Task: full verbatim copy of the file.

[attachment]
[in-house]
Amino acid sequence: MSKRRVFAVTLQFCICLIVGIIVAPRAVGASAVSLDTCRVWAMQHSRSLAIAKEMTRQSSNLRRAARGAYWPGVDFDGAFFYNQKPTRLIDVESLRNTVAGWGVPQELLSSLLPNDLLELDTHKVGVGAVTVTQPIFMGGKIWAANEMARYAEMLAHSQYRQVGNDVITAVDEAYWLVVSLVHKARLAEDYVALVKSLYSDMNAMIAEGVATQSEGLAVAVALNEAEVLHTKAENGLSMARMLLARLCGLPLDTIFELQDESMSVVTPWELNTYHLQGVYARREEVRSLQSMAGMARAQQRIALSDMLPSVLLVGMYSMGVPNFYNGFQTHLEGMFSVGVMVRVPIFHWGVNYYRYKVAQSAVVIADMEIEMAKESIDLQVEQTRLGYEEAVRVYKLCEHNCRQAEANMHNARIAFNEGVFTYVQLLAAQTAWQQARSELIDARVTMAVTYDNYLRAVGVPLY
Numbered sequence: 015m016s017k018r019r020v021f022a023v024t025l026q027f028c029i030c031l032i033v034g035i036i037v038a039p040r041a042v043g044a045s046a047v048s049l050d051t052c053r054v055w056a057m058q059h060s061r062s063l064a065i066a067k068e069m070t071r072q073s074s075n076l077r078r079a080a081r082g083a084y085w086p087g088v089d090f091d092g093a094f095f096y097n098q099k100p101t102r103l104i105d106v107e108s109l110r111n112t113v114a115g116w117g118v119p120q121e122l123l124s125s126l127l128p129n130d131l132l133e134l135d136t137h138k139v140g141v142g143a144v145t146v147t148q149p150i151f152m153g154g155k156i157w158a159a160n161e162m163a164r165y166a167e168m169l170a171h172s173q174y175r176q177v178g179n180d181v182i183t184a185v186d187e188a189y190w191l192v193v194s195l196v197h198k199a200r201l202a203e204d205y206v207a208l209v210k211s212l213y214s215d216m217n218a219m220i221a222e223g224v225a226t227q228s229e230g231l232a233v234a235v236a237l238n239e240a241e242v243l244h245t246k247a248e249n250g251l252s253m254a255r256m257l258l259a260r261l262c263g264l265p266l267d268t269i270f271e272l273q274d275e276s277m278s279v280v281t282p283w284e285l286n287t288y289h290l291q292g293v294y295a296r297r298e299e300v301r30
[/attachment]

[in-house]
Amino acid sequence: MSKRRVFAVTLQFCICLIVGIIVAPRAVGASAVSLDTCRVWAMQHSRSLAIAKEMTRQSSNLRRAARGAYWPGVDFDGAFFYNQKPTRLIDVESLRNTVAGWGVPQELLSSLLPNDLLELDTHKVGVGAVTVTQPIFMGGKIWAANEMARYAEMLAHSQYRQVGNDVITAVDEAYWLVVSLVHKARLAEDYVALVKSLYSDMNAMIAEGVATQSEGLAVAVALNEAEVLHTKAENGLSMARMLLARLCGLPLDTIFELQDESMSVVTPWELNTYHLQGVYARREEVRSLQSMAGMARAQQRIALSDMLPSVLLVGMYSMGVPNFYNGFQTHLEGMFSVGVMVRVPIFHWGVNYYRYKVAQSAVVIADMEIEMAKESIDLQVEQTRLGYEEAVRVYKLCEHNCRQAEANMHNARIAFNEGVFTYVQLLAAQTAWQQARSELIDARVTMAVTYDNYLRAVGVPLY
Numbered sequence: 015m016s017k018r019r020v021f022a023v024t025l026q027f028c029i030c031l032i033v034g035i036i037v038a039p040r041a042v043g044a045s046a047v048s049l050d051t052c053r054v055w056a057m058q059h060s061r062s063l064a065i066a067k068e069m070t071r072q073s074s075n076l077r078r079a080a081r082g083a084y085w086p087g088v089d090f091d092g093a094f095f096y097n098q099k100p101t102r103l104i105d106v107e108s109l110r111n112t113v114a115g116w117g118v119p120q121e122l123l124s125s126l127l128p129n130d131l132l133e134l135d136t137h138k139v140g141v142g143a144v145t146v147t148q149p150i151f152m153g154g155k156i157w158a159a160n161e162m163a164r165y166a167e168m169l170a171h172s173q174y175r176q177v178g179n180d181v182i183t184a185v186d187e188a189y190w191l192v193v194s195l196v197h198k199a200r201l202a203e204d205y206v207a208l209v210k211s212l213y214s215d216m217n218a219m220i221a222e223g224v225a226t227q228s229e230g231l232a233v234a235v236a237l238n239e240a241e242v243l244h245t246k247a248e249n250g251l252s253m254a255r256m257l258l259a260r261l262c263g264l265p266l267d268t269i270f271e272l273q274d275e276s277m278s279v280v281t282p283w284e285l286n287t288y289h290l291q292g293v294y295a296r297r298e299e300v301r30